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. Last Updated: 07/27/2016

MEDIA WATCH: Taxpayers Should Call Tune

People often ask me how many private newspapers there are in Russia and, to my shame, I have no answer for them. Not even a wild guess.

I can't say how many state-controlled newspapers there are either. In fact, I can't say with certainty who owns or controls even those regional newspapers with which I have worked closely for years. Take it from someone who has tried, few things are more difficult in Russia than determining who owns a media property.

None of them print annual reports or financial statements of any kind. Local administrations are not required to report the amount of taxpayer money that is spent subsidizing the press. Media managers refuse to speak of this. At best, one might get gossip about one newspaper from the managers of another, but nothing more.

At the same time, everyone knows that the media in Russia is heavily politicized and that state officials and private business interests routinely manipulate media properties with the goal of shaping public opinion. "Whoever pays the fiddler, orders the music," as the oft-cited Russian expression has it.

Obviously it is crucial to break this cycle in order to create a reasonable environment for honest media in Russia. That is why a study issued this summer by the Moscow Media Law and Policy Institute, or MMLPI, "Power and Capital: Concentration and Transparency in the Russian Media," is a significant landmark. This study is the first stage in a project that, it is hoped, will one day produce a law that will guarantee the right of average citizens to know who is ordering the music.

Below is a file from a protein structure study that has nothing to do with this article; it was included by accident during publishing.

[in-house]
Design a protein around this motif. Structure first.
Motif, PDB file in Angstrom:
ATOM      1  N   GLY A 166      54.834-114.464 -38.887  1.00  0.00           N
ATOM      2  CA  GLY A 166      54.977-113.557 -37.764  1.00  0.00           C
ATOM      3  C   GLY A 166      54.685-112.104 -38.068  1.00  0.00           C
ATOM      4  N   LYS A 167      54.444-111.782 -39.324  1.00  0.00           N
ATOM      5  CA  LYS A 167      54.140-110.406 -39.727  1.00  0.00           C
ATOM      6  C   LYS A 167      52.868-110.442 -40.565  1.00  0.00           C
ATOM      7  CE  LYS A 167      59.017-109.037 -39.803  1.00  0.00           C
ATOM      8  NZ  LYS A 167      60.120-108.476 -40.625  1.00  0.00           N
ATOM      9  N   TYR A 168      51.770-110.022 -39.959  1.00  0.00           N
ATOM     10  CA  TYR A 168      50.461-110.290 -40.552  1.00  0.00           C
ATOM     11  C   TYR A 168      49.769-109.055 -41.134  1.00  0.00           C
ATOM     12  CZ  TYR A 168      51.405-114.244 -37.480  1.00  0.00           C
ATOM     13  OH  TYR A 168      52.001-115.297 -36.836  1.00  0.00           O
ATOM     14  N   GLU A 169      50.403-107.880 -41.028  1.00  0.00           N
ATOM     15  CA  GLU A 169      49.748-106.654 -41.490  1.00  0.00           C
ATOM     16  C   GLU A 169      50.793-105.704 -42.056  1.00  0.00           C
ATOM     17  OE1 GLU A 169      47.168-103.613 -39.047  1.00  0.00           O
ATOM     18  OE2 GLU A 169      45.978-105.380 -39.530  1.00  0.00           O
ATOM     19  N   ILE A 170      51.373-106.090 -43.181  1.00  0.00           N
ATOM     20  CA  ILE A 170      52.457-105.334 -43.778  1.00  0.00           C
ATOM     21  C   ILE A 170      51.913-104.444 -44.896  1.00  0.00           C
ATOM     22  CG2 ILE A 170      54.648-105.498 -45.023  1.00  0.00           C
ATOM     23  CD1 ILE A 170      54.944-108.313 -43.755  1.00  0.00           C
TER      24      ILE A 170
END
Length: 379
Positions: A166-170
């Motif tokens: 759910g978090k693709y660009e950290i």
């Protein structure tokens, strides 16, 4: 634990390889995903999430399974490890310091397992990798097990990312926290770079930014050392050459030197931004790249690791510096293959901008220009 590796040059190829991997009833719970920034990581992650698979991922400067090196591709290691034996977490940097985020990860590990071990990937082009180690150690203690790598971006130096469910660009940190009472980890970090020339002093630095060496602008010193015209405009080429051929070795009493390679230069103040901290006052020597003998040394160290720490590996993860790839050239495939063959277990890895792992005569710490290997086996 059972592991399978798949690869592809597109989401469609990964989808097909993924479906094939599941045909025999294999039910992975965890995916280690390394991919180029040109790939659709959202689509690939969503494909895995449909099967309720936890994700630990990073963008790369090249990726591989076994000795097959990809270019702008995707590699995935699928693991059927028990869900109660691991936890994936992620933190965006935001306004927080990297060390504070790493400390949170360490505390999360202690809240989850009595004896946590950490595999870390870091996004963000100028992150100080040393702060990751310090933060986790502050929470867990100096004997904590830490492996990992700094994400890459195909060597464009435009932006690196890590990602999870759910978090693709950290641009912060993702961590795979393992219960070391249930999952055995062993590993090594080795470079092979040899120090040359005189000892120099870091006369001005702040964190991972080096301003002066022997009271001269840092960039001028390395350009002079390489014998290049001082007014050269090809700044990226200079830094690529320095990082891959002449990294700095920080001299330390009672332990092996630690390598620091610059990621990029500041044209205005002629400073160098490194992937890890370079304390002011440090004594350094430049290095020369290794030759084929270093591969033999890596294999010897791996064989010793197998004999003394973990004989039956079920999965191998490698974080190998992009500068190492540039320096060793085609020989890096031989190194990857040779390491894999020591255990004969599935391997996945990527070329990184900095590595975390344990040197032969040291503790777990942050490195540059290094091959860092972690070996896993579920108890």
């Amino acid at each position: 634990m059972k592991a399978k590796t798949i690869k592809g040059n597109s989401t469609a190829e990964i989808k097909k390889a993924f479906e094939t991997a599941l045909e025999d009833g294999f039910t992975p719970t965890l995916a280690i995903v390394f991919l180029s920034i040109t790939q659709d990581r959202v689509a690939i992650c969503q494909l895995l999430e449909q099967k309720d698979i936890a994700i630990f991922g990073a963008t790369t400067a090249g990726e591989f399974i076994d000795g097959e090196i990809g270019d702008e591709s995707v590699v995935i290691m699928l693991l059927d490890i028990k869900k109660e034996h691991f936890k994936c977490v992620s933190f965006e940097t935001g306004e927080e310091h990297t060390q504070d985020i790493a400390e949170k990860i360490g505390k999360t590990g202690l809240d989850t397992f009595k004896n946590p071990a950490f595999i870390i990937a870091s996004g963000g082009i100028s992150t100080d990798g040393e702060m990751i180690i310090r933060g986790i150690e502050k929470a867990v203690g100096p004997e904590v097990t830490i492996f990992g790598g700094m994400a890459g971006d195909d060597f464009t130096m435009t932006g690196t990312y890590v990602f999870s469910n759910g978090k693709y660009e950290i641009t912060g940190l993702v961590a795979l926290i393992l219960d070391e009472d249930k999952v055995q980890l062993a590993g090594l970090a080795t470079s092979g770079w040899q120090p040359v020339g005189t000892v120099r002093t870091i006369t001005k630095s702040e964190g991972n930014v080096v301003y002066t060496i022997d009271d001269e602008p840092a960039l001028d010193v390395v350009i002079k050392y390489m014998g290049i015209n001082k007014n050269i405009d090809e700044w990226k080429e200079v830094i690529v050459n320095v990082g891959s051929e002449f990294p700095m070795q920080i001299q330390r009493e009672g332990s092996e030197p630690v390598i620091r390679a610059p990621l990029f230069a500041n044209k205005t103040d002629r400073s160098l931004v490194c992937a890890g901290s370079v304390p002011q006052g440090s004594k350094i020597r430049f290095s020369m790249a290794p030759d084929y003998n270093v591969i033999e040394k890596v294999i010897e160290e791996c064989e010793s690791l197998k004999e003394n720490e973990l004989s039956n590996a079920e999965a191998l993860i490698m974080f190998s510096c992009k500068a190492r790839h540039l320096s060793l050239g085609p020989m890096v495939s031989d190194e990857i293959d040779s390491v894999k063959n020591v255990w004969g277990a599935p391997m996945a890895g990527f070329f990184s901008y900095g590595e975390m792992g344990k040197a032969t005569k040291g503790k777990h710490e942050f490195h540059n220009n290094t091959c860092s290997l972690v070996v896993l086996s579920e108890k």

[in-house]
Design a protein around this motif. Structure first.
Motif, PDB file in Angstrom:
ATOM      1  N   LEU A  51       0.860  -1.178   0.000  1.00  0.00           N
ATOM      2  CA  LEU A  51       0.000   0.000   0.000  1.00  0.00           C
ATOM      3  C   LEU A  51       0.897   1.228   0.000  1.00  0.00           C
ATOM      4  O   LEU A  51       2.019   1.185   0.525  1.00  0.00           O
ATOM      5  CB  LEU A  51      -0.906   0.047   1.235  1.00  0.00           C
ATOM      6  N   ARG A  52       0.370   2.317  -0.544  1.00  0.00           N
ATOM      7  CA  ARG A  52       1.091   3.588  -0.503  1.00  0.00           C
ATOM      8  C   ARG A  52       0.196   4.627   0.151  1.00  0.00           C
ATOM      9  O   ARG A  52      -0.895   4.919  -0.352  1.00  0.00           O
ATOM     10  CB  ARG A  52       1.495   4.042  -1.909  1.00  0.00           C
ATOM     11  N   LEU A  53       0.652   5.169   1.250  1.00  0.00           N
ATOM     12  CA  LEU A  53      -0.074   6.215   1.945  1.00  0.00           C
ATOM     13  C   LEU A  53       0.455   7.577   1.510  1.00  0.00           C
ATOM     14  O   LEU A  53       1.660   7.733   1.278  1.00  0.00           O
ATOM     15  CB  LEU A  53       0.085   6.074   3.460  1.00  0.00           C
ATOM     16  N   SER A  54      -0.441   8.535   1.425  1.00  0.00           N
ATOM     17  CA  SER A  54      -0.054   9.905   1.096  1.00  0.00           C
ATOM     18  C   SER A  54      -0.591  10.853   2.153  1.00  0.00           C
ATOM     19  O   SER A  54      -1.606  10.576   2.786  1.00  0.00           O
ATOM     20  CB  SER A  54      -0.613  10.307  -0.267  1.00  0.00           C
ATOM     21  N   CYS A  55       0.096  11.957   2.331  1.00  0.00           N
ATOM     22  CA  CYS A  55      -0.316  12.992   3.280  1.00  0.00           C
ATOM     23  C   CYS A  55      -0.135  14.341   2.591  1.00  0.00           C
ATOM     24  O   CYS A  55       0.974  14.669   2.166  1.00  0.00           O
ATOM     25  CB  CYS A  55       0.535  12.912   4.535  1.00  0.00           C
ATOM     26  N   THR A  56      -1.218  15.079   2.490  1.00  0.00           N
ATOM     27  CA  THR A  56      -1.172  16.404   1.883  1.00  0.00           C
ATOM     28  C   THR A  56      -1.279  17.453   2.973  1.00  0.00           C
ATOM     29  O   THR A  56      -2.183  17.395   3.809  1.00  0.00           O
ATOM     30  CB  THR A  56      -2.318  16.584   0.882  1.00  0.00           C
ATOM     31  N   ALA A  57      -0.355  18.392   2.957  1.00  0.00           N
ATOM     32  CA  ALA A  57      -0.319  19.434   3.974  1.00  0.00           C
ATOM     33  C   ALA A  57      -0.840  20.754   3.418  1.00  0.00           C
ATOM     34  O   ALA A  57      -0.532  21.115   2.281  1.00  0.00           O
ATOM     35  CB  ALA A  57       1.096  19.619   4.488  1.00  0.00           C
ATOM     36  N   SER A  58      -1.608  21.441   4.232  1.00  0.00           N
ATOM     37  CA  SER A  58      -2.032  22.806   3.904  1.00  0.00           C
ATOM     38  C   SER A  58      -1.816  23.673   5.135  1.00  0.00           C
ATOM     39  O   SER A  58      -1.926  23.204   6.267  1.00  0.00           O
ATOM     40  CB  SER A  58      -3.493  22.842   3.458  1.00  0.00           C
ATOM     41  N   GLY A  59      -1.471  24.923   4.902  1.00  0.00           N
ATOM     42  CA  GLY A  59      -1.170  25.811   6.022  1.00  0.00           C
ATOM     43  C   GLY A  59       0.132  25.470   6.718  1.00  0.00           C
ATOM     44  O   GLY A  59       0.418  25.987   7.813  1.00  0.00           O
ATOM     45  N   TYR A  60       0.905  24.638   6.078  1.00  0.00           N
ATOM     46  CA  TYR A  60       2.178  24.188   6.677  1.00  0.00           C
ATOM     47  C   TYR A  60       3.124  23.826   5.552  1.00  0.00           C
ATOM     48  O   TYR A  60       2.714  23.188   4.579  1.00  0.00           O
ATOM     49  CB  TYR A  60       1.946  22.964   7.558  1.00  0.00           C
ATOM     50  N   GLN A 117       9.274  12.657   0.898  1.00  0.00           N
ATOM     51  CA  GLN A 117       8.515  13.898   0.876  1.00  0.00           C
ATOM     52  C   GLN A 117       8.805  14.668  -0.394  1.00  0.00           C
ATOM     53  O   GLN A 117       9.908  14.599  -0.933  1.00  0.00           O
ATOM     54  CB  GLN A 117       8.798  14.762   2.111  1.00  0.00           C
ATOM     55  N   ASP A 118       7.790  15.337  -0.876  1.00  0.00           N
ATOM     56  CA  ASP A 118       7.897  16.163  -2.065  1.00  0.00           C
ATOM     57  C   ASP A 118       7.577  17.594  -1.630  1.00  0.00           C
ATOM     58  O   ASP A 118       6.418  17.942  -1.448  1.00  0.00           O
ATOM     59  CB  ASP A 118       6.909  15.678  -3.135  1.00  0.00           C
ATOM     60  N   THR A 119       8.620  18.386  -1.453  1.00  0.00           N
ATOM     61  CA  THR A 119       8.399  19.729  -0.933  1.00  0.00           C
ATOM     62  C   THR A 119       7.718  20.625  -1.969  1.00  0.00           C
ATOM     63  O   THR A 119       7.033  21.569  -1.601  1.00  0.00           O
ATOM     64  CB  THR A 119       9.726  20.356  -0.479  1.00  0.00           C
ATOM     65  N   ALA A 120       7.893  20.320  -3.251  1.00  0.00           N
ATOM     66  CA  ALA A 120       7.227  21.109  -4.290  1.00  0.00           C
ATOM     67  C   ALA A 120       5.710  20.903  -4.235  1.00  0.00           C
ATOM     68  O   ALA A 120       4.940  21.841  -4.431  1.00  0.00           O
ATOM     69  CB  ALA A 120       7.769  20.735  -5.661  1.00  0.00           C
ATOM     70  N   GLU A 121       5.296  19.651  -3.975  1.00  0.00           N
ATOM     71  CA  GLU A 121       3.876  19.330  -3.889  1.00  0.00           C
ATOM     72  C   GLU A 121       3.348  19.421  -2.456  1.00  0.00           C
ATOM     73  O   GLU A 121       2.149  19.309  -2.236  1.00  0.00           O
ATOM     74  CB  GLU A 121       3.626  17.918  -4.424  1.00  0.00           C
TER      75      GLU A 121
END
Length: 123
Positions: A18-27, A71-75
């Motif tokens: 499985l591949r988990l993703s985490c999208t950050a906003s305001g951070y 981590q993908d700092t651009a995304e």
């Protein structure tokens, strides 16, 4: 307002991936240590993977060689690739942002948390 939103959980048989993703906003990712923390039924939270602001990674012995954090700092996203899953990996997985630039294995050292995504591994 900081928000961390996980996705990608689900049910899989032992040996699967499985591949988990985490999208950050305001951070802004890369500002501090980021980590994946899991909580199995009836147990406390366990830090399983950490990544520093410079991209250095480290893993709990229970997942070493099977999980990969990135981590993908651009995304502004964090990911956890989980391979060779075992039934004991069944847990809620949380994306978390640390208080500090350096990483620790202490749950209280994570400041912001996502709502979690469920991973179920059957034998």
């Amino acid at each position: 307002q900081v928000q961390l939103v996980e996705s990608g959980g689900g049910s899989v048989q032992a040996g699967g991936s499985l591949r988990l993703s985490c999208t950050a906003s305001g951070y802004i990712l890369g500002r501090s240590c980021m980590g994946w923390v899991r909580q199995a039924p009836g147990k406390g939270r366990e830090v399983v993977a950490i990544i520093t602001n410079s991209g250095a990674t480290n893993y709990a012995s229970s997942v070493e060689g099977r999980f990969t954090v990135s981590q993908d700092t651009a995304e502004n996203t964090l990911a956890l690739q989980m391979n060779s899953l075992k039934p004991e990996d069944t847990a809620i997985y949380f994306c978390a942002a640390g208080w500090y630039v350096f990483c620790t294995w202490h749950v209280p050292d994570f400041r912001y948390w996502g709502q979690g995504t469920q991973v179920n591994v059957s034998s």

Consisting primarily of in-depth interviews with more than 100 media managers across Russia, this study could not have come at a better time: It sheds some much-needed light on the intensification of state control of the media in the run-up to the elections.

"A particular type of concentration is taking place in Russia - an ideological or political concentration in which the authorities [primarily local authorities] are creating their own media holdings using money from the federal or municipal budgets," said Anna Kachkayeva, a media expert with Moscow State University who authored the MMLPI study.

It doesn't matter, the study demonstrates, whether a newspaper is an open or closed joint-stock company or who it lists as its "publisher" or "founder" - all the same, it may well be completely controlled by the mayor or the governor or someone acting in their interests.

The study revealed that there are far more "mixed-ownership" newspapers in the regions than had been expected. By "mixed-ownership," the authors mean nominally private media companies that are, in fact, entirely controlled by local authorities and that are in many cases even completely financed from the local budget. More than 30 percent of the managers surveyed who claimed that their newspapers are privately owned flatly refused to name their primary shareholders, leading the researchers to conclude that most likely the list would include close political allies of local authorities.

This complicated situation becomes murkier still when one considers the role of quasi-state organizations such as Gazprom and its multitudinous subsidiaries. Despite its long-standing and enormous tax debt to the central government, Gazprom has nonetheless been able to find funds to create an extensive (but how extensive?) network of local newspapers. The company's general practice is to cede editorial control of the publications it owns to local politicians with whom it sees eye-to-eye.

Obviously, the media ownership problem is one that directly touches the political interests of virtually every member of the State Duma and the Federation Council. If MMLPI drafts a media-concentration law and manages to get it on the Duma's agenda, it will be fascinating to see what the regional press has to say about it. Most likely, though, this quixotic effort will never make it that far.

"No one even asks," Kachkayeva told reporters recently, "on what grounds mayors and governors are using budgetary funds or even extra-budgetary funds to create their own newspapers and radio and television stations." It's high time that the question was raised. After all, if the taxpayers are ultimately paying the fiddler, why shouldn't they be the ones to call the tune?

Robert Coalson is a program director for the National Press Institute. The views expressed here are not necessarily those of NPI.